I DID IT!!!!

I ran a half marathon.

I ran a half marathon.

Me.

A half marathon.

It was awesome.

“Out of all of us can you believe I was the one to do this?” I asked my dad. “Well,” he said, “While we were waiting for you to finish I said to Z that I probably know about 1000 people. And if I was going to rank those people in order of who would be most likely to complete a half marathon you would be about 995. Right behind your grandmother and right in front of your Great-Aunt Margaret.”

I couldn’t stop laughing. His assessment was generous. A year and a half ago I’d have placed myself dead last out of 1000 with a kind of perverse pride.

This whole deal, situation, JOURNEY if you are going to be new age-y about it, is simply so unlikely that part of me can’t believe it happened. I mean, my dad flew up from Georgia to watch the race. My parents are completely bewildered by this strange new obsession in my life, but their pride is tremendous and sincere. You think you know your kid, and after more than three and a half decades I think it is quite the kick in the pants to be so surprised by her, by me.

I ran a half marathon and all I got was a lousy t-shirt. Ok, not true. I mean, I did get the shirt, but what I really got was the biggest boost in my self confidence of my life. I came in 957th out of 1107 finishers. My official pace was 12:06 per mile (well, that part burns me—because I didn’t run the shortest distance from point A to B, so I ran more than 13.1 miles. According to my app the distance 13.42 with a pace of 11:57. My super stretch goal was running at under a 12 minute mile and I’m pissed I missed it). The training program did not magically transform me into a svelte and beautiful 24 year old. But my middle aged body that has been caught in the iron grasp of anxiety for several decades managed to do something preposterously impossible. My body. With its overweight BMI. It ran 13.1 miles without stopping. I don’t need the body of a svelte and beautiful 24 year old to do amazing things. In fact, I’m even more proud that it was my imperfect body that rose to the challenge.

I’m not trying to blow smoke up anyone’s ass. My body didn’t just magically run 13.1 miles one day. It was hard work. It was scary and overwhelming and there were a lot of days in which I was sure I wouldn’t be able to do it. But the training program worked. I surrendered to my running app and just followed the directions. In 16 weeks it took me from someone who ran around 12 miles a week to someone who was able to comfortably finish a half marathon. I’ve said this in basically every post I’ve written about running, but I’m saying it again. If I can do it you can do it. I promise.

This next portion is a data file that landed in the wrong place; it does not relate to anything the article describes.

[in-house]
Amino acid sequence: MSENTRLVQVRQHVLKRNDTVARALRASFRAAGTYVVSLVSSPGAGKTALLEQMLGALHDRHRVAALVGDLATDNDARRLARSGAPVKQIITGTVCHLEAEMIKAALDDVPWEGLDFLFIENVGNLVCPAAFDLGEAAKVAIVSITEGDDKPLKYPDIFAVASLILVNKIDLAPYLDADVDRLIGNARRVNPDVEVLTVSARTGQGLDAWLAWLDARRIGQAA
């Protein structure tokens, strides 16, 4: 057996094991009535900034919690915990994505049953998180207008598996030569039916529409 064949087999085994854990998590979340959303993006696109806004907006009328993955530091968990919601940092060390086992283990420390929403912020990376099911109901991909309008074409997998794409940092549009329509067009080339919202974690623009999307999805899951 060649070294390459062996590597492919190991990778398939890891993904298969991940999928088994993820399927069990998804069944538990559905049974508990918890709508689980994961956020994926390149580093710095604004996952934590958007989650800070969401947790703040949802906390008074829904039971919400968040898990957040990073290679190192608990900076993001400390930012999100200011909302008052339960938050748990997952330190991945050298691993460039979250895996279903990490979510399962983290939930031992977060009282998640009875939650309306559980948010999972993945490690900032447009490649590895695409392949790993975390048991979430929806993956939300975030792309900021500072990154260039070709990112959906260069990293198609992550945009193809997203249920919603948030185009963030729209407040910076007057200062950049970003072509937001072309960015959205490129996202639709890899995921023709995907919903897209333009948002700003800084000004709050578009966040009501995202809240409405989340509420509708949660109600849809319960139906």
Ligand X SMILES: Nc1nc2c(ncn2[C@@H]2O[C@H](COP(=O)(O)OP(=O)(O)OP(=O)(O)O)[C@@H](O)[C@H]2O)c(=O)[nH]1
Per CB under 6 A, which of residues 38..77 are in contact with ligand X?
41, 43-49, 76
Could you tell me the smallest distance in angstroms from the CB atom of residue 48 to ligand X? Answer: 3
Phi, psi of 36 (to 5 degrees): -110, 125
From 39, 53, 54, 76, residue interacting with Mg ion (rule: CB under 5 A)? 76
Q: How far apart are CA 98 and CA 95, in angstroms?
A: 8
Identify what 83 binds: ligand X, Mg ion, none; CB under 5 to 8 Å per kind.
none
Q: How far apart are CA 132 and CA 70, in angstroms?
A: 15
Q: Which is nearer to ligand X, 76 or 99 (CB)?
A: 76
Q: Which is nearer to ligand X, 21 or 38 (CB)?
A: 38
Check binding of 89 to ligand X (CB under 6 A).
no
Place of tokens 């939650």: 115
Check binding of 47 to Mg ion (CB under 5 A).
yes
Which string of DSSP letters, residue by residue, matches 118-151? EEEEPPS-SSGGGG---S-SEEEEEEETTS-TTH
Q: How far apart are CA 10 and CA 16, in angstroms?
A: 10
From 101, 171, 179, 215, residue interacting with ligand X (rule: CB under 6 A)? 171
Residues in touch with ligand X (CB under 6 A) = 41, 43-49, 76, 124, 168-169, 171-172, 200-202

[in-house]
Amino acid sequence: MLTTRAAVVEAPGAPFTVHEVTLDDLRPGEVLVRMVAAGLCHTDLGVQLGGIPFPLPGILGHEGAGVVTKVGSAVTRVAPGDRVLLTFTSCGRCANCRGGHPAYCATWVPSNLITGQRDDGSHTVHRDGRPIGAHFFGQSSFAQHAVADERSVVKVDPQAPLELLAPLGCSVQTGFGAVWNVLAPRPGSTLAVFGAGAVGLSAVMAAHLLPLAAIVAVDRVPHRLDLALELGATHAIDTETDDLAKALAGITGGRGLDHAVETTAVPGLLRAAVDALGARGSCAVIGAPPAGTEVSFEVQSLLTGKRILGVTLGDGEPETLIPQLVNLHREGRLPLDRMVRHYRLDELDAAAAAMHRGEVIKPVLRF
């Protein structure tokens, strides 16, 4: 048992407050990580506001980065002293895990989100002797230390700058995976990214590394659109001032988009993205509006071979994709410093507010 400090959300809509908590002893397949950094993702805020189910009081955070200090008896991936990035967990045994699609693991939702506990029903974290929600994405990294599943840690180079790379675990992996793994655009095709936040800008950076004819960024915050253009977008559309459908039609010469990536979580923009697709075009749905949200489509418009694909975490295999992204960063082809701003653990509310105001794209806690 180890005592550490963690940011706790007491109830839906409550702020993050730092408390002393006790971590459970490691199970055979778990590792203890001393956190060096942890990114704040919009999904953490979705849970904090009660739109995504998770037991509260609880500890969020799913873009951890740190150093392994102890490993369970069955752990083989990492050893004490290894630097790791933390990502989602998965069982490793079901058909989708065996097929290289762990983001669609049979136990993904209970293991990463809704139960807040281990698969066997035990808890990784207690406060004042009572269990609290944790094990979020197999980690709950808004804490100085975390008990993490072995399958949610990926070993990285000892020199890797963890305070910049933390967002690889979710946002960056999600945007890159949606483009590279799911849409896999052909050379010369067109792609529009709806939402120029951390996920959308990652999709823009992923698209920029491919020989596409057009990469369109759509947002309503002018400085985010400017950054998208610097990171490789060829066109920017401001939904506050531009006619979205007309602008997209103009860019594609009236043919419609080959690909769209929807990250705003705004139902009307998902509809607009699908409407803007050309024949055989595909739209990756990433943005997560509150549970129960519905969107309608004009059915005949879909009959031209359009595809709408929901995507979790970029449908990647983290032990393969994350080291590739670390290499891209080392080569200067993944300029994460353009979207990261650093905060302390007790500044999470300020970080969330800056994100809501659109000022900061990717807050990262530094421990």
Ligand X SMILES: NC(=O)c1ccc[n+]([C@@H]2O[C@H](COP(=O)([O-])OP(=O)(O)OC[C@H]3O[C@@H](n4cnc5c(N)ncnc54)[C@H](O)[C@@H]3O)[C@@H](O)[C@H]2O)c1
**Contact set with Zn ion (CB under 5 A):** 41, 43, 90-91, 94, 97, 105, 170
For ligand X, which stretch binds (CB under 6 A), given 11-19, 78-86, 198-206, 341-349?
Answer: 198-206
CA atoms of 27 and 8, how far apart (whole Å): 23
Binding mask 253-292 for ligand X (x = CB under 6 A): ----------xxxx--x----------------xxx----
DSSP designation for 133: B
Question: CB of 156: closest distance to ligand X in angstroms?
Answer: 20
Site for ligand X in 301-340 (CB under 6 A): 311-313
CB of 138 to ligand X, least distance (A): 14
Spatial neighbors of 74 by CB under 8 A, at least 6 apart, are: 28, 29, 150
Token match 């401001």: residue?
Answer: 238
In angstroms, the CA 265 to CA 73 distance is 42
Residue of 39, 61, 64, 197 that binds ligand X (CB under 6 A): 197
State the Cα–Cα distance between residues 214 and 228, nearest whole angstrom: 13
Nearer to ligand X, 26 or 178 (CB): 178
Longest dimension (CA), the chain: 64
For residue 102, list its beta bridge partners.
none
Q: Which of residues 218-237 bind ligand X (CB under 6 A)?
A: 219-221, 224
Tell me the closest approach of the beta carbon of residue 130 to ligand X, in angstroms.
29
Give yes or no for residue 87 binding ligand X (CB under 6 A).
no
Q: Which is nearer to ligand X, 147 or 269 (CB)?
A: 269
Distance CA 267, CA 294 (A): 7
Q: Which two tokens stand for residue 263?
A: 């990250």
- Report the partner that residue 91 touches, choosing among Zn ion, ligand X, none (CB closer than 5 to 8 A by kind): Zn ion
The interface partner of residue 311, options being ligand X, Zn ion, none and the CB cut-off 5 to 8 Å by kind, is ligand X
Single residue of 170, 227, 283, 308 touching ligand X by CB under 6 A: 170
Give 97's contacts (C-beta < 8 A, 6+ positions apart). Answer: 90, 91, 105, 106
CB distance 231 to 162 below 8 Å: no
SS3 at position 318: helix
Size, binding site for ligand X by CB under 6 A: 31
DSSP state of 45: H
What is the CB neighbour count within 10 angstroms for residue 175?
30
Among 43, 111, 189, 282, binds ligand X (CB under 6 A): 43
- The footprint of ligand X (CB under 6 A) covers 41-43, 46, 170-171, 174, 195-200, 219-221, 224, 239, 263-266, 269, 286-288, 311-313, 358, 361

Last night Dad took me to my favorite restaurant for a celebratory dinner. I was talking about next steps. I’m going to join the Y runners because I’d like to get faster. I’m aiming to keep the running at about 20 or 21 miles a week. My dear friend has asked me to do the Brooklyn Half in the spring and I think I’m in. Dad looked at me and smiled, “There is part of you that is thinking about doing a marathon, isn’t there?” I smiled back. “Yup.”

Because my 37 year old body can do impossible things.

pre race

Pre race.

Finishing. No vanity here! But this is honest. I’m proud of myself.

post race

Completely blissed-out post race. My family and friends made me feel like a rock star yesterday. Getting out there in the cold to support me sucked ass. But they did it anyway. So to Dad, Z, T, and C who were there at the beginning and the end. Thank you. To D and L who trekked out to about half a mile from the finish, thank you. To E who hollered to me as she was driving in and who made delicious soup and got cheesecake for after, thank you. To J and J who shouted encouragement and then ran next to me for the last bit, thank you. To M and S who were there with a hug at the end, thank you. To my family and friends who texted me and sent me encouragement, thank you. Yesterday was a tremendous victory for me, and you guys made me feel so very loved.

Advertisements

Last Days of School

A year ago I watched the mother of one of T’s classmates struggle with the reality that her child was leaving the comfort of our extraordinary preschool and moving on to kindergarten. The transition proved painful for both mother and child. I sympathized with my friend, but I did not understand her sadness. In fact, I told her it simply wouldn’t be a big deal for T and me. She had the grace not to tell me I was full of shit.

Five years into this parenting gig and I still feel a twinge of annoyance when a more experienced parent tells me how my family will feel or act during an upcoming phase of development. “We are different” I think, “They don’t know us. We are special.” At the same time I cannot resist breaking it down for parents with kids younger than mine. I hear myself explaining what is coming and I hate myself for being that person. Especially as I see the look on the face of whatever friend I’m speaking to. I can see what is running through their head, “We are different. She doesn’t know us. We are special.”

At the beginning of last week I dropped the boys off at school and on my way out found this in T’s mailbox:

photo (41)

Last fall we were asked to fill the paper with words that described who we hoped T would be as an adult.

photo (42)

That hair. I miss that crazy hair so much.